Downsizing is never a great thing except when it comes to engines. A recent trend has surfaced amongst high-profile car manufacturers who are known for creating throbbing hearts for their vehicles, have now begun to create power units with fewer cylinders and more power.
Take Porsche for example. They’ve rebranded Boxster and Cayman models to 718, removed two of the cylinders and added a turbocharger. In doing so more power is created. Current models are powered by a flat-six cylinder engine with a displacement of 2.7, 3.4 or 3.8 litres pumping out 275 to 385 horsepower. 718 models are powered by a four-cylinder 2.0 or 2.5 litre turbocharged motor that generate between 296 and 345 horsepower.
Moving on to Audi now. Recent reports suggest an entry level V6 powered sports coupe is to join the ranks. Sourced from the 2017 Audi S4 that’s scheduled to launch later this year, the twin-turbo V6 3.0-litre motor would be tuned to produce 450 horsepower, up from 345. Power will be sent to all four wheels via a seven-speed dual clutch transmission, the same is found in its more powerful version.
Said to be available in both coupe and roadster configurations, it’s quite a while away still as it’s scheduled to launch in 2019, with it’s unveiling set for 2018.
Oddly enough, there was another rumour floating around sometime last year. Speculation arose that with Audi’s new TT RS to feature a turbocharged five-cylinder, a finely tuned version of it would transition its way into R8’s. That was debunked shortly afterwards as it’s too far fetched.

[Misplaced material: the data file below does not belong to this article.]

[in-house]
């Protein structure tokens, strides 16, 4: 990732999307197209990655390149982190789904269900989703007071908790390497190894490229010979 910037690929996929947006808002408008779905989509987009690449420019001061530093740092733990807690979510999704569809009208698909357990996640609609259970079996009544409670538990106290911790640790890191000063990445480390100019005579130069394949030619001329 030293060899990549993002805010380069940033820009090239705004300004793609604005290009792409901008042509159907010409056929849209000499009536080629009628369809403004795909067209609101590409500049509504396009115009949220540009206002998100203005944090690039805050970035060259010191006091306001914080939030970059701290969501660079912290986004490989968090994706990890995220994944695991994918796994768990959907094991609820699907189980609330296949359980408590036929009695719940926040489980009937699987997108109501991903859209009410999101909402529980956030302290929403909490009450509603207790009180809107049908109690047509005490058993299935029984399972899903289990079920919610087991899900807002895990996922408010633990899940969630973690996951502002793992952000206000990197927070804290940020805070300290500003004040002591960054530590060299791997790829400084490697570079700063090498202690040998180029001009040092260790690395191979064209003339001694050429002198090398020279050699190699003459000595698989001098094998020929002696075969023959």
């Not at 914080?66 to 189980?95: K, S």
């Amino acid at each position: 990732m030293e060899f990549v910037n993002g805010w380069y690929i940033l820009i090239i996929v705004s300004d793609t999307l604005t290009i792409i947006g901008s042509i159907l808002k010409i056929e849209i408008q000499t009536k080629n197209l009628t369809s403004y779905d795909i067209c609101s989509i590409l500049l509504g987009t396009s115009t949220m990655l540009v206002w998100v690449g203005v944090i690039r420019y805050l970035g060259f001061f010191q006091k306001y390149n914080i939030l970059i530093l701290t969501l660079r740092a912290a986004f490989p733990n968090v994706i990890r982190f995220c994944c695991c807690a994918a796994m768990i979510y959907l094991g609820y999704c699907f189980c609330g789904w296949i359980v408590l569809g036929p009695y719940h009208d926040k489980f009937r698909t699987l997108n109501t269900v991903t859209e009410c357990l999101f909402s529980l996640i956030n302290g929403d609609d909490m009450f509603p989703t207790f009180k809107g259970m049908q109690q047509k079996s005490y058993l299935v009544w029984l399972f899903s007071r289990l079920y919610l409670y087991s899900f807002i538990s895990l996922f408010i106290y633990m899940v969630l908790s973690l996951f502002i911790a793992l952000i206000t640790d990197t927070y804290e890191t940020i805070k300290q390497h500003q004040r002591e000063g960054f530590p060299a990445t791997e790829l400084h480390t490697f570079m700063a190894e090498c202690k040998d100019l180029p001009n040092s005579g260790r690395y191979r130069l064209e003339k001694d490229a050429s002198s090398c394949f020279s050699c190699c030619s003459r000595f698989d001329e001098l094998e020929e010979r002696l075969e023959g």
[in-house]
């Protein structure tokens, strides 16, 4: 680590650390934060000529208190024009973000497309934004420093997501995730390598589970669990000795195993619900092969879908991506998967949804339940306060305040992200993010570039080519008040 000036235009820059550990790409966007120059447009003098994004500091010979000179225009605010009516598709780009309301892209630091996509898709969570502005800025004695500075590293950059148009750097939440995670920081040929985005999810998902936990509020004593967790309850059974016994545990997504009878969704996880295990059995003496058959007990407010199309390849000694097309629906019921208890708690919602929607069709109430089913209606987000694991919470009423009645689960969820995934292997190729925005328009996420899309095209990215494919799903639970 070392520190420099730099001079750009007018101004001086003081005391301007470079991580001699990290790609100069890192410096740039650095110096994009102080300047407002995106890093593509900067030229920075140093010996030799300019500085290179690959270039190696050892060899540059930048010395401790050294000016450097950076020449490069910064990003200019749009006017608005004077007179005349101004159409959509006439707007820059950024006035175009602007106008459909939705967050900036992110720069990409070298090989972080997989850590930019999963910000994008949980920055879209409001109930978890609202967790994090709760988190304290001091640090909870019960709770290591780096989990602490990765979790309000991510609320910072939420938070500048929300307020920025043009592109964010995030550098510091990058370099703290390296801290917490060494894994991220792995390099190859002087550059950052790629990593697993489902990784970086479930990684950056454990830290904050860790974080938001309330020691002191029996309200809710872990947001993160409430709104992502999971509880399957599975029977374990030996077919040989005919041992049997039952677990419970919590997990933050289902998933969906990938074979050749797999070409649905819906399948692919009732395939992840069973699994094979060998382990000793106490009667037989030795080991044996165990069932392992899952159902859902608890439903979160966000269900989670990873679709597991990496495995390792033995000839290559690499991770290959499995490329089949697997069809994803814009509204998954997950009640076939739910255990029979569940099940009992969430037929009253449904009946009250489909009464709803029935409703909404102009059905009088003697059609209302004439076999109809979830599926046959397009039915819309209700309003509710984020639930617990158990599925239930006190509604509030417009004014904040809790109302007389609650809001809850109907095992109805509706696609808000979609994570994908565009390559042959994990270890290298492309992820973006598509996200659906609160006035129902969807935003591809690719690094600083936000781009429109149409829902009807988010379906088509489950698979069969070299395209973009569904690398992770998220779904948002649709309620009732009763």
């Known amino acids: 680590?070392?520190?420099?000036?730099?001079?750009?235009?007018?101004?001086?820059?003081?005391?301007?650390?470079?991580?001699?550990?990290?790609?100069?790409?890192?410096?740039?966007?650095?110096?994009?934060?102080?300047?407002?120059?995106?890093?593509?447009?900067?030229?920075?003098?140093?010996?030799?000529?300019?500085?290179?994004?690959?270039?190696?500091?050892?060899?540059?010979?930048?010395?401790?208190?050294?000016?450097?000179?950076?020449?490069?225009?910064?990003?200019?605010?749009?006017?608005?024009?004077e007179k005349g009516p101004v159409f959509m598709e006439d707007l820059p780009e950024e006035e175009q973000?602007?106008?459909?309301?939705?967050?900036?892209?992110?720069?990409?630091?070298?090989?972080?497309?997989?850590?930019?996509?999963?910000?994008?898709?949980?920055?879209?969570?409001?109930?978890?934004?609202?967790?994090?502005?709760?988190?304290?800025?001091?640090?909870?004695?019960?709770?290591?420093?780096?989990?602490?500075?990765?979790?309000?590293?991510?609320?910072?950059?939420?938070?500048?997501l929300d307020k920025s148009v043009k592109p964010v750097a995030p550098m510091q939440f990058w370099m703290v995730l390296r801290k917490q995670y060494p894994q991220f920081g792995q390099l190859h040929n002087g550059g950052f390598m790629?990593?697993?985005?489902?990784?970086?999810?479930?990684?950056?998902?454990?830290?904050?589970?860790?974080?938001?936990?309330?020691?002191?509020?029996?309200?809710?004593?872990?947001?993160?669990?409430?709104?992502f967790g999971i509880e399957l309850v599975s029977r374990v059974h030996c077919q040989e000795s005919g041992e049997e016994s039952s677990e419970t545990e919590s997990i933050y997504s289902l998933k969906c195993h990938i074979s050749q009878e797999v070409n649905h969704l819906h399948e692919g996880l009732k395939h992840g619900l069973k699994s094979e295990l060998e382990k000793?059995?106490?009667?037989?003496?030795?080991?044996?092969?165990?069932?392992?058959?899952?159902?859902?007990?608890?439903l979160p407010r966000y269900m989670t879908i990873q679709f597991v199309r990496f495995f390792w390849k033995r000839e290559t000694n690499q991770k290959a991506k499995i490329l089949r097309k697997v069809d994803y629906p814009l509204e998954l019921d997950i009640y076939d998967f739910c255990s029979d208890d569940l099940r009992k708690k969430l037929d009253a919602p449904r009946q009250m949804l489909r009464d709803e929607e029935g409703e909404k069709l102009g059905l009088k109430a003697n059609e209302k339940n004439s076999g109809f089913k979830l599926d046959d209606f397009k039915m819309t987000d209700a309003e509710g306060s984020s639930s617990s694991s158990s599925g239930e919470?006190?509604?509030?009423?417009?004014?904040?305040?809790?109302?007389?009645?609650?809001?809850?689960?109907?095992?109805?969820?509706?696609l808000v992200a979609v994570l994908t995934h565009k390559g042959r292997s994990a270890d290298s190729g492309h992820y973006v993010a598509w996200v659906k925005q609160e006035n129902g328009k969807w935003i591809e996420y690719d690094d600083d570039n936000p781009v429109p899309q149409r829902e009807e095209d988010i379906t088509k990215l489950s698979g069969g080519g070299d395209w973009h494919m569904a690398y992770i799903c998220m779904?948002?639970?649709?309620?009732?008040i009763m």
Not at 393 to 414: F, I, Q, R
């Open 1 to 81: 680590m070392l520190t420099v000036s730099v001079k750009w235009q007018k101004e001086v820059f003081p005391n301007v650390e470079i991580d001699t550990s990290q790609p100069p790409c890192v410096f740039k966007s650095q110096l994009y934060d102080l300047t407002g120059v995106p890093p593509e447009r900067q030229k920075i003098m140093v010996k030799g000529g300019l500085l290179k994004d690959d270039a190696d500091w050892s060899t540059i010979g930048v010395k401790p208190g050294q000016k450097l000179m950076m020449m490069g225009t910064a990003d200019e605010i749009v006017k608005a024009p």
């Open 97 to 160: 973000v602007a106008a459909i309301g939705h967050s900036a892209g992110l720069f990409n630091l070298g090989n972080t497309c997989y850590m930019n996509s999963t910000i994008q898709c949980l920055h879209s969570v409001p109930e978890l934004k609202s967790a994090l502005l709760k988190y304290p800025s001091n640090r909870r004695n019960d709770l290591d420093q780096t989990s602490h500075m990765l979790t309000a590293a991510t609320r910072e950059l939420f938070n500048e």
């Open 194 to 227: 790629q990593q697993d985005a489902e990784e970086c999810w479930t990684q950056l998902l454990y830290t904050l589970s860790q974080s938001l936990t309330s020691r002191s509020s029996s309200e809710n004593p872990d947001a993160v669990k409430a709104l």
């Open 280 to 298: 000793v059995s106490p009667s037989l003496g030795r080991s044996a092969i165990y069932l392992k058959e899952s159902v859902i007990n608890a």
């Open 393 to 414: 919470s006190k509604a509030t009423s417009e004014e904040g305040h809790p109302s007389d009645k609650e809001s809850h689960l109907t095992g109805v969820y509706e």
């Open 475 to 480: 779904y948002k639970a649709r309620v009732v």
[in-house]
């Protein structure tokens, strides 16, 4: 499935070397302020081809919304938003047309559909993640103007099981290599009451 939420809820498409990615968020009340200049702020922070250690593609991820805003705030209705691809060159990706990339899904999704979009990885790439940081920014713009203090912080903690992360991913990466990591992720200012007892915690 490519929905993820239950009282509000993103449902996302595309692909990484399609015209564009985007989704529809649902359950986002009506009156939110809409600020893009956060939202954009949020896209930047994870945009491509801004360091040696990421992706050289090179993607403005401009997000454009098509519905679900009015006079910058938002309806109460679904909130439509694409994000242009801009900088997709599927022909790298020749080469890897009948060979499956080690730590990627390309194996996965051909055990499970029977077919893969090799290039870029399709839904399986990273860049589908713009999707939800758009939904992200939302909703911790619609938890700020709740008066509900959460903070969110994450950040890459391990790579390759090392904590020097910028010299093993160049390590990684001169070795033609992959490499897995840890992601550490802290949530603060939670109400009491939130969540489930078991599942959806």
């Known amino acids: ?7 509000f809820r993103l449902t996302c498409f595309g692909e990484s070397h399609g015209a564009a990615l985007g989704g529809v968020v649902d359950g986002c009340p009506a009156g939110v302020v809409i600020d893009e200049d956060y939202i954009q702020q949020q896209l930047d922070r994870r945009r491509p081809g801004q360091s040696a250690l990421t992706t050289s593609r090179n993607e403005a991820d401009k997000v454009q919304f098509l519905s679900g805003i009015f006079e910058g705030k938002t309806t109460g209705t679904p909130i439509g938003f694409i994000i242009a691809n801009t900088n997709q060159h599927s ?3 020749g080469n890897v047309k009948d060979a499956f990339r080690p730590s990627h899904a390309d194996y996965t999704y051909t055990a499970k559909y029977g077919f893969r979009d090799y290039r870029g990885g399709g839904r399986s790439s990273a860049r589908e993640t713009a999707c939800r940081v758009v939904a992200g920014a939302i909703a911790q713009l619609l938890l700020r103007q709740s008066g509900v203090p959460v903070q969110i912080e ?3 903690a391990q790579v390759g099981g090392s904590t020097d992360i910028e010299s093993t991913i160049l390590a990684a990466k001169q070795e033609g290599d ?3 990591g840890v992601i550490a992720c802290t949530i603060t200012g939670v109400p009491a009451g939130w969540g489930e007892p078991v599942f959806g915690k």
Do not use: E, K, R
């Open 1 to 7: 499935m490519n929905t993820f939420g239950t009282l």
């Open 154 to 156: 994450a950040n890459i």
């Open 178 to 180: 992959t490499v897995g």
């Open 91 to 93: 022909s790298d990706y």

With Audi’s latest R8’s due out later this year, there will be no more V8 engine option. Only the V10 powerplant producing 540 to 610 horsepower. There is a third powertrain to join in, as the German manufacturer plans on launching a limited run of hybrid R8’s. Higher performance V10’s are on the table as well.
Hybrid models will be fully electric with 456 horsepower and 928 Nm of torque sent to the rear wheels. With a range of an estimated 451 kilometres, 0-100 km/h is achieved in 3.9 seconds and a top speed of 249 horsepower. It’ll utilise the exact platform as 2017 R8’s. E-Tron R8’s have had quite a long development cycle. Originally showing up in 2009 in Frankfurt, the CEO at the time gave it the green light, the next one put it on hold and when Ulrich Hackenberg took over, the project was back on track.
No word on what the interior will look like, however, it’s a huge possibility that it’ll be identical to V10 models. Obviously certain trim options won’t be available as standard such as diamond stitched seats.
Its new power plant is not 100% confirmed for the time being, we’ll no doubt keep you in the loop as we learn more.
Note: 2017 Audi R8 V10 pictures are shown.